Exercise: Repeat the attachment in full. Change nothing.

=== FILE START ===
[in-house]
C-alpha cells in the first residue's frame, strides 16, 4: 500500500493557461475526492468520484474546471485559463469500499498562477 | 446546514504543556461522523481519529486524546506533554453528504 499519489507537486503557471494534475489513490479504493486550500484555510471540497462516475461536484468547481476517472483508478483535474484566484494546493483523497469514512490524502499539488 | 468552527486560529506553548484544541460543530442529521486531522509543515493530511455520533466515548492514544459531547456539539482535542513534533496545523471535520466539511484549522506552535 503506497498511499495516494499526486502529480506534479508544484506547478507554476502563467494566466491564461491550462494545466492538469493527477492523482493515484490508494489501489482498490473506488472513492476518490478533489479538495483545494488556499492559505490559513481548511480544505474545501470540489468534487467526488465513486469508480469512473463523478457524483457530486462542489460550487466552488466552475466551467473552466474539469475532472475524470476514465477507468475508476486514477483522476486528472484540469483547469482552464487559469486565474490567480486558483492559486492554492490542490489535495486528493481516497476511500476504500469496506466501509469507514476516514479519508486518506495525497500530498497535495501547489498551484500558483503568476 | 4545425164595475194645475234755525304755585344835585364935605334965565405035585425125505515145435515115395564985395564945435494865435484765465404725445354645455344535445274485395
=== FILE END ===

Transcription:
[in-house]
C-alpha cells in the first residue's frame, strides 16, 4: 500500500493557461475526492468520484474546471485559463469500499498562477 | 446546514504543556461522523481519529486524546506533554453528504 499519489507537486503557471494534475489513490479504493486550500484555510471540497462516475461536484468547481476517472483508478483535474484566484494546493483523497469514512490524502499539488 | 468552527486560529506553548484544541460543530442529521486531522509543515493530511455520533466515548492514544459531547456539539482535542513534533496545523471535520466539511484549522506552535 503506497498511499495516494499526486502529480506534479508544484506547478507554476502563467494566466491564461491550462494545466492538469493527477492523482493515484490508494489501489482498490473506488472513492476518490478533489479538495483545494488556499492559505490559513481548511480544505474545501470540489468534487467526488465513486469508480469512473463523478457524483457530486462542489460550487466552488466552475466551467473552466474539469475532472475524470476514465477507468475508476486514477483522476486528472484540469483547469482552464487559469486565474490567480486558483492559486492554492490542490489535495486528493481516497476511500476504500469496506466501509469507514476516514479519508486518506495525497500530498497535495501547489498551484500558483503568476 | 4545425164595475194645475234755525304755585344835585364935605334965565405035585425125505515145435515115395564985395564945435494865435484765465404725445354645455344535445274485395